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To mount any rescue, Mr Renzi needs a waiver from European Commission state-aid rules, and a legal route through the bail-in rules of the EU’s Bank Resolution and Recovery Directive — something Italy has tried and failed to secure in the past.
Rome has seized on the market turmoil triggered by the Brexit vote to restate its case on the grounds that “financial stability” is now threatened. In Brussels, many regard that claim as overblown. “What Renzi asks for and what he gets may be very different,” said one senior eurozone official.
For Italy, the question is whether a capital injection will ultimately address the deep malaise of 600 banks that operate on a business model that may no longer be viable.
Italy’s 600 banks are riddled with 360 billion euro of bad loans, with some 200 billion euro alone already believed to have gone terminal. But even if the European Commission relents and gives Italy the waiver it’s seeking, how likely is an extra 40 billion bailout to work in a business model gone wrong, no matter if a nearly bankrupt Italy guarantees its banks. Any large depositor with any sense will merely use the opportunity to get down to the minimum state guarantee level, and place their euros abroad.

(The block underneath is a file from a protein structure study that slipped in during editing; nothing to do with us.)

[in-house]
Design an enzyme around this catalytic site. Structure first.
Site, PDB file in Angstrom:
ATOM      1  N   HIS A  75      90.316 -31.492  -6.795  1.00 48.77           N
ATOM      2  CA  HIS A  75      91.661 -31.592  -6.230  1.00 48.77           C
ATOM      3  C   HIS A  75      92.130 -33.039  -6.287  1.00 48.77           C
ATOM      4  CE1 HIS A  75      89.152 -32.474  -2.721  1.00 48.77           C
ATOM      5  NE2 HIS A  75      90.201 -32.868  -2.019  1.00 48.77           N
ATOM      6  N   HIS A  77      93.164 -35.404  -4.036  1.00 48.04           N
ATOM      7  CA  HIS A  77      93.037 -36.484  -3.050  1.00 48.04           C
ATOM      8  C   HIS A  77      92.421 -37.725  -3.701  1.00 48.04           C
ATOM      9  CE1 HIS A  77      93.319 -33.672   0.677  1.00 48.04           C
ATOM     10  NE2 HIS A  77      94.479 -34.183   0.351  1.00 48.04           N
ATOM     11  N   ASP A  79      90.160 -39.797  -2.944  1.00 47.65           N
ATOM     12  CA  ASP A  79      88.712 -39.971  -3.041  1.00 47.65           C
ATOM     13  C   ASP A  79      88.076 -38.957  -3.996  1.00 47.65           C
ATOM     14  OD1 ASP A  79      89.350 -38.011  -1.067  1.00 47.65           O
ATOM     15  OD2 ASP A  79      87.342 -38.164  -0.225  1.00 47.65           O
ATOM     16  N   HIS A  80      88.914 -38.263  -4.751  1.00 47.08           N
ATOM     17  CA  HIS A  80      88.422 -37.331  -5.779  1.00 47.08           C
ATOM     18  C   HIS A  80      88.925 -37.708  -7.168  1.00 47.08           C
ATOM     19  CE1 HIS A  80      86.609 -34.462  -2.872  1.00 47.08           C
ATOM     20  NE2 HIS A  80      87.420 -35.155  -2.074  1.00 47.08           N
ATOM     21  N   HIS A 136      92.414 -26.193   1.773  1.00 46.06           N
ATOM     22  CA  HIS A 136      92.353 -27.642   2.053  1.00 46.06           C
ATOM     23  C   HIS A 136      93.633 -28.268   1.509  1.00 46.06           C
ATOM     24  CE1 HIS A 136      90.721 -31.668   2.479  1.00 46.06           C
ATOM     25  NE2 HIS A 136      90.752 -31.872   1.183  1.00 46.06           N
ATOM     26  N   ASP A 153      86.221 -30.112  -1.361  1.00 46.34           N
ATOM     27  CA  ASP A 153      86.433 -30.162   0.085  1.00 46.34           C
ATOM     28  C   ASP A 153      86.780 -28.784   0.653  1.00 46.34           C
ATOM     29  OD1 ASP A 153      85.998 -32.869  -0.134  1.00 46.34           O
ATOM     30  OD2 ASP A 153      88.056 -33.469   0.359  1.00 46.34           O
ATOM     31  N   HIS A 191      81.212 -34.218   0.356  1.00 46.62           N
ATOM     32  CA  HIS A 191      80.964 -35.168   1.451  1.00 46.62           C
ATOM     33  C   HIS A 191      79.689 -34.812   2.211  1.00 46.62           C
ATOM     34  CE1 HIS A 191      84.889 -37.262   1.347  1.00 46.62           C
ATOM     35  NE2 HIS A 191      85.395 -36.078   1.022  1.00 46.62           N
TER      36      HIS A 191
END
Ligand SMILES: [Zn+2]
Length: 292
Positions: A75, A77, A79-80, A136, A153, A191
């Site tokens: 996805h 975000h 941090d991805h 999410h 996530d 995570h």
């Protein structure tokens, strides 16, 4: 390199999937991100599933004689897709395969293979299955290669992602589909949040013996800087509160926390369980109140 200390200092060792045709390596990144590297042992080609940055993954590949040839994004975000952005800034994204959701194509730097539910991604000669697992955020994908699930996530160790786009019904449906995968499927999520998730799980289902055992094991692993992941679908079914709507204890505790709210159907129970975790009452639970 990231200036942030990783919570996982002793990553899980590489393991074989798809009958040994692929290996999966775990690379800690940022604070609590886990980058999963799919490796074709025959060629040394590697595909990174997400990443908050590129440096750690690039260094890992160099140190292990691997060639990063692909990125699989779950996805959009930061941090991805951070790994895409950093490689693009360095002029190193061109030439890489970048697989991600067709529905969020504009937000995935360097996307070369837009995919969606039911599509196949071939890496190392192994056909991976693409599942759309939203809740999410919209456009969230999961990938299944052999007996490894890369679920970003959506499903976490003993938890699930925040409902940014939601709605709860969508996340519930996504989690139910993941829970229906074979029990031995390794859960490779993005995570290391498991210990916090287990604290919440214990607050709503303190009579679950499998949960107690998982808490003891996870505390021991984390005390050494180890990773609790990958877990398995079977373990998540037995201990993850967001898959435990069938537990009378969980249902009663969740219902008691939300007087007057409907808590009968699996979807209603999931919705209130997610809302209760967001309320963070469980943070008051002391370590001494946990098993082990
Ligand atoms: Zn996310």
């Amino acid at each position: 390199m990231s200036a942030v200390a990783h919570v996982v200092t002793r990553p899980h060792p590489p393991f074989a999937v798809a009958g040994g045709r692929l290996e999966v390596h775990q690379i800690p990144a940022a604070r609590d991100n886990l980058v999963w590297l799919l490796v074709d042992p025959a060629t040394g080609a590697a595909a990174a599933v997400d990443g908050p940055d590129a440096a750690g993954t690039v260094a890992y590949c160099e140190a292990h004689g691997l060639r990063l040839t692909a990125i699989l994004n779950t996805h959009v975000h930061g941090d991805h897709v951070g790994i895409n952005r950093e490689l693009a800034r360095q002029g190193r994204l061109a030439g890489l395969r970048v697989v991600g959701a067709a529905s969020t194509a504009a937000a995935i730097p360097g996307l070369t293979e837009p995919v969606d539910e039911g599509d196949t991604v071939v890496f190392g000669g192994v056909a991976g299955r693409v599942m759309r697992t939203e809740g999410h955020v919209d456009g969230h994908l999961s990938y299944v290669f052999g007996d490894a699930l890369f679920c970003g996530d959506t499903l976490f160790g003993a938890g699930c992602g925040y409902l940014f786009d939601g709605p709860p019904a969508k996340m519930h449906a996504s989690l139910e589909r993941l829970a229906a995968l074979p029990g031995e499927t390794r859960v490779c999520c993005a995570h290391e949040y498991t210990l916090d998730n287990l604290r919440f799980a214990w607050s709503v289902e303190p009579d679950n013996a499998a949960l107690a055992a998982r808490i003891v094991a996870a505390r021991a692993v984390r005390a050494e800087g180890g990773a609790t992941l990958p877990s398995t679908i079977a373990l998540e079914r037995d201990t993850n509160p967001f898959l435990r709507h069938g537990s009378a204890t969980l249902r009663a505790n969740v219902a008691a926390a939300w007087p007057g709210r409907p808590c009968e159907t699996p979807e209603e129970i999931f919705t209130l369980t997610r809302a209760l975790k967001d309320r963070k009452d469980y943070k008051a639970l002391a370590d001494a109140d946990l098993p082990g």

But that’ not so easy as before. The ECB and Swiss National bank have imposed a negative interest rate regime over much of Europe. Which brings me back to gold. Why place money on deposit and get a negative return for the privilege, when a bullion alternative is around, with in the circumstances, every prospect of the gold price rallying for months and years ahead.
But any large depositors or nervous bondholders might need to be quick. Goldcore informs us that a physical bullion crisis seems to have developed:
Bullion banks “have been panicking” and advising that soon, they may no longer be able to quote prices on large gold bar orders. This response is previously unheard of and indicates the increasing illiquidity in the large gold bar market due to a recent surge in HNW, UHNW and institutional (wealth managers, hedge funds, banks etc) demand across the world coupled with already robust central bank demand.
The increasingly illiquid physical gold market where supply cannot keep up with demand underlines the importance of owning physical bullion coins and bars – either in your possession or having direct legal title to your individual coins and bars. Bullion should be owned in your name or your company’s name and be stored directly in the safest vaults in the safest jurisdictions in the world – outside the financial, banking system.
It’s the early bird that gets the worm, albeit it’s the second mouse that gets the cheese. I suspect that we haven’t heard the last of Brexit, Italian banks, and the new gold rush. Even fallen former guru “Bubbles” Alan Greenspan, who ran the Fed, seems to have found his gold side again.
“In the absence of the gold standard, there is no way to protect savings from confiscation through inflation. There is no safe store of value.” Alan Greenspan 1966.